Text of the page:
Violin Copy Of Antonius Stradivarius Made In Czecho - Bookshelf
Available for the first time in English, this book has been considered the best single encyclopedia of the violin for 20 years.
About this book
First published in 1972, Walter Kolneder's Das Buch der Violine quickly established itself as the standard work on the violin, dealing with every aspect of the instrument in truly encyclopedic fashion. This first English-language translation, by eminent scholar and educator Reinhard G. Pauly, is based on the fifth German edition, published in 1993. Ours is more than a translation, however. Dr. Pauly also took the opportunity to revise the text, for American and English readers particularly, and has included information on recent developments not available to the author. The book begins with an examination of the violin's construction and history. Part One offers fascinating detail on woods, glues, varnishes, shapes and dimensions, and bows and strings; Part Two traces the evolution of the instrument's form, from the violin's pre-history through the five centuries, roughly, that have elapsed since it took its present shape. Part Three is a chronological survey of the violin's musical aspects, treating performance techniques, pedagogical philosophy, and literature for the violin. Kolneder examines the various national schools for their distinguishing characteristics and shows the influence of composers (Bach and Beethoven, among others), virtuosos (Paganini, Kreisler), and teachers (including Tartini and Geminiani) upon the development of the modern violin and its music. Together the three parts form the best single volume on the violin and its music, an extraordinary encyclopedic resource for the general music-lover as well as for violinists.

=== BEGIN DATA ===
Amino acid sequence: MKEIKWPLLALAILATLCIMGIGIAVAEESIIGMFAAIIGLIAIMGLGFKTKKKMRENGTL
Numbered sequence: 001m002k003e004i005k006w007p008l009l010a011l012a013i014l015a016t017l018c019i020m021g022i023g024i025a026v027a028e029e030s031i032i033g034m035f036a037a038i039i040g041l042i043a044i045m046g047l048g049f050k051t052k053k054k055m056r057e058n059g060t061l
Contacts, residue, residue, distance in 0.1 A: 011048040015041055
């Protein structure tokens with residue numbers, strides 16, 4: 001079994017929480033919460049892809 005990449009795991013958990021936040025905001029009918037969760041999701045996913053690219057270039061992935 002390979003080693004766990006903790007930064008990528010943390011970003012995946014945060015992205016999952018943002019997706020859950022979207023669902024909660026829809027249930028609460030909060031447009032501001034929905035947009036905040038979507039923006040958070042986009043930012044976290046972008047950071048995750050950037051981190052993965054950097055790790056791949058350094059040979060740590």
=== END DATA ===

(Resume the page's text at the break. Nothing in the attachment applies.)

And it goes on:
This book contains a brief account of the history of Cremona violins - the rise and fall of the art that dominated over two centuries - and is primarily devoted to The physics behind the violin acoustics, specifically the research of ...
About this book
Cremona violins occupy a unique and storied place in violin history. This book contains a brief account of that history — the rise and fall of the Cremonese art of violin making that dominated over two centuries. It is primarily devoted, however, to the physics behind violin acoustics, specifically the research of William F “Jack” Fry over the past several decades. The gradual evolution of his ideas leading to a holistic approach is chronicled, in sharp contrast to the conventional “reductionist” analysis. With rare insights, he has come closer than anyone before in reproducing the tonal qualities of the great Italian masters. This historic achievement makes the book extremely valuable for violin makers and violin researchers, enabling young and aspiring violinists to own excellent sounding instruments with the acoustical marvels of the old at affordable prices.The accompanying video features Fry's demonstration of how and why minute changes in thickness graduations make predictable changes in tonal qualities of an instrument.